Distance stereoacuity. Assessing control in intermittent exotropia

Ophthalmology. 1993 Apr;100(4):495-500. doi: 10.1016/s0161-6420(93)31616-7.


Background: A patient's ability to control an intermittent exotropic deviation is usually assessed by subjective means such as observation of control in the office, questioning the patient and/or family about control at home, and reports of monocular eye closure in bright light. An objective method of assessing control has not been developed.

Purpose: The purposes of this study are to determine if distance stereoacuity was different in patients with intermittent exotropia than in normal subjects and to determine if distance stereoacuity could be used as a objective means of assessing control in intermittent exotropia.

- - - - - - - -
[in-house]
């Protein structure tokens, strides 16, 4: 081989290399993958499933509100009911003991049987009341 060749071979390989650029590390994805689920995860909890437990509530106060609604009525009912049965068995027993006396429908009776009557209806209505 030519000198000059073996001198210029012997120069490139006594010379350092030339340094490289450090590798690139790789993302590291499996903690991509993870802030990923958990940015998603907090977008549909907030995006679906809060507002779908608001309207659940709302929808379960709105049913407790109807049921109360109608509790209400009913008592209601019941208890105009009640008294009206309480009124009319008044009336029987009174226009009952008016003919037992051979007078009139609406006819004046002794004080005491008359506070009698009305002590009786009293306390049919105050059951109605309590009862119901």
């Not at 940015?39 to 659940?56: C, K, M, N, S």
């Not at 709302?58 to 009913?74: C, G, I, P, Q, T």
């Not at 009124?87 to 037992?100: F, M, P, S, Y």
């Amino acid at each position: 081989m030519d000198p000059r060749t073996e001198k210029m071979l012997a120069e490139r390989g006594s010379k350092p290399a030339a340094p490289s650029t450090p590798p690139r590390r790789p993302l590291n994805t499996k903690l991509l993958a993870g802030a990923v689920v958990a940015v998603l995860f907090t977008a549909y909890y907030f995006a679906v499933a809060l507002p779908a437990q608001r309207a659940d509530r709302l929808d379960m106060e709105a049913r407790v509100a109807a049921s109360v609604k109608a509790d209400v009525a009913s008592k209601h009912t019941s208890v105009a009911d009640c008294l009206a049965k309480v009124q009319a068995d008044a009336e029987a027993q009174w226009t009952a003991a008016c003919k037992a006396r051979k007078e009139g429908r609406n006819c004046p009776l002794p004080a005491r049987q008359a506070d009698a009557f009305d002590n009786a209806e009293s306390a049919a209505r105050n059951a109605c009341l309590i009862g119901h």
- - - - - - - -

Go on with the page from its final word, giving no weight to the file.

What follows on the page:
Methods: The authors evaluated near and distance stereoacuity in 44 patients with intermittent exotropia and 50 normal subjects. Patients with intermittent exotropia also were assessed for office control, home control, and monocular eye closure in bright light. Additionally, six patients who underwent successful surgery were reevaluated postoperatively.

Conclusion: Normal subjects and patients with intermittent exotropia had good near stereoacuity. Patients with intermittent exotropia demonstrated significantly worse distance stereoacuity than the population of normal subjects (P < 0.001). Five of six patients with poor distance stereoacuity preoperatively had dramatic improvement in distance stereoacuity postoperatively. Diminished distance stereoacuity seems to be an objective measure of poor control of the exotropic deviation. This test may provide important objective criteria for deciding when to perform surgery in patients with intermittent exotropia.

Publication types

  • Research Support, Non-U.S. Gov't

MeSH terms

  • Adolescent
  • Adult
  • Child
  • Child, Preschool
  • Distance Perception / physiology*
  • Exotropia / diagnosis
  • Exotropia / physiopathology*
  • Humans
  • Middle Aged
  • Visual Acuity / physiology*